FILED: February, 25 2004

IN THE COURT OF APPEALS OF THE STATE OF OREGON

STATE OF OREGON,

Respondent,

v.

ESTEBAN LUZ MORALES,

Appellant.

01C-53774; A119510

Appeal from Circuit Court, Marion County.

Albin W. Norblad, Judge.

Argued and submitted January 29, 2004.

Louis R. Miles, Deputy Public Defender, argued the cause for appellant. With him on the brief was Peter A. Ozanne, Executive Director, Office of Public Defense Services.

Doug M. Petrina, Assistant Attorney General, argued the cause for respondent. With him on the brief were Hardy Myers, Attorney General, and Mary H. Williams, Solicitor General.

Before Haselton, Presiding Judge, and Linder and Ortega, Judges.

ORTEGA, J.

Convictions affirmed; remanded for resentencing.

ORTEGA, J.

Defendant appeals from a judgment of conviction on two counts of attempted aggravated murder, arguing that the trial court erred in imposing a departure sentence of 230 months on one of those convictions. The trial court based its decision to impose an upward departure sentence on its findings of seven aggravating factors. Defendant challenges each of those factors. The state concedes that the trial court erred in concluding that defendant's status as a "two-state offender" could serve as an aggravating factor under the circumstances presented here. As explained below, we find the state's concession to be well founded, and we accept it. Because that error requires resentencing, we need not reach defendant's remaining nonconstitutional challenges to the other aggravating factors. Defendant's constitutional argument is unpreserved, is not error apparent on the face of the record, and lacks merit under State v. Dilts, 336 Or 158, 82 P3d 593 (2003).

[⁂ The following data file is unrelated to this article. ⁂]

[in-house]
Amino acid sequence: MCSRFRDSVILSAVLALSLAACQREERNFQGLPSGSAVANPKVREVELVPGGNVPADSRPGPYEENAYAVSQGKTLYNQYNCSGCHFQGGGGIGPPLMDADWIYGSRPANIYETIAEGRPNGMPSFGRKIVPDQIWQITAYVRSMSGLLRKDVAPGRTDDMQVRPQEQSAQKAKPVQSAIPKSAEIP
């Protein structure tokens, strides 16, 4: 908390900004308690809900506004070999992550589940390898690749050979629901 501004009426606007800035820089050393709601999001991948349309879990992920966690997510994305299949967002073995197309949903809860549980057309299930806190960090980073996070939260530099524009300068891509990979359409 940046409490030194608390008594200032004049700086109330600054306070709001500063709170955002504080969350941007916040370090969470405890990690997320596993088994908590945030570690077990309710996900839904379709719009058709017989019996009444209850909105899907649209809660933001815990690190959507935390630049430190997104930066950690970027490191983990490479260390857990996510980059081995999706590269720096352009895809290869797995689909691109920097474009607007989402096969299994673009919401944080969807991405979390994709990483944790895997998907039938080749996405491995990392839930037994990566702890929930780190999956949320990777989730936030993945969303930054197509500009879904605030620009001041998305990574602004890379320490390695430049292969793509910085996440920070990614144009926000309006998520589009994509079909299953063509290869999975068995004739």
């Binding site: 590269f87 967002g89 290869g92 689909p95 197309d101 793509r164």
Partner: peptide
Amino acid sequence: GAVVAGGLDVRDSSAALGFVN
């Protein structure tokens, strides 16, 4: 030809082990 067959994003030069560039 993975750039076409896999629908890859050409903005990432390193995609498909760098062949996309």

The trial court found defendant to be a "two-state offender" based on the fact that defendant had a juvenile adjudication for felony drug possession in the state of Washington. In light of the fact that defendant's criminal history is taken into account in determining his placement on the sentencing guidelines grid, and given that the trial court offered no rationale as to why the commission of offenses in different states is qualitatively different--and worse--than the commission of multiple offenses in the same state, we agree with the parties that the use of "two-state offender" as an aggravating factor was not appropriate. The trial court did not find that any of the other aggravating factors alone would justify the imposition of a departure sentence. Therefore, resentencing is required. See generally State v. Toledo, 175 Or App 280, 281, 38 P3d 1194 (2001).

Convictions affirmed; remanded for resentencing.


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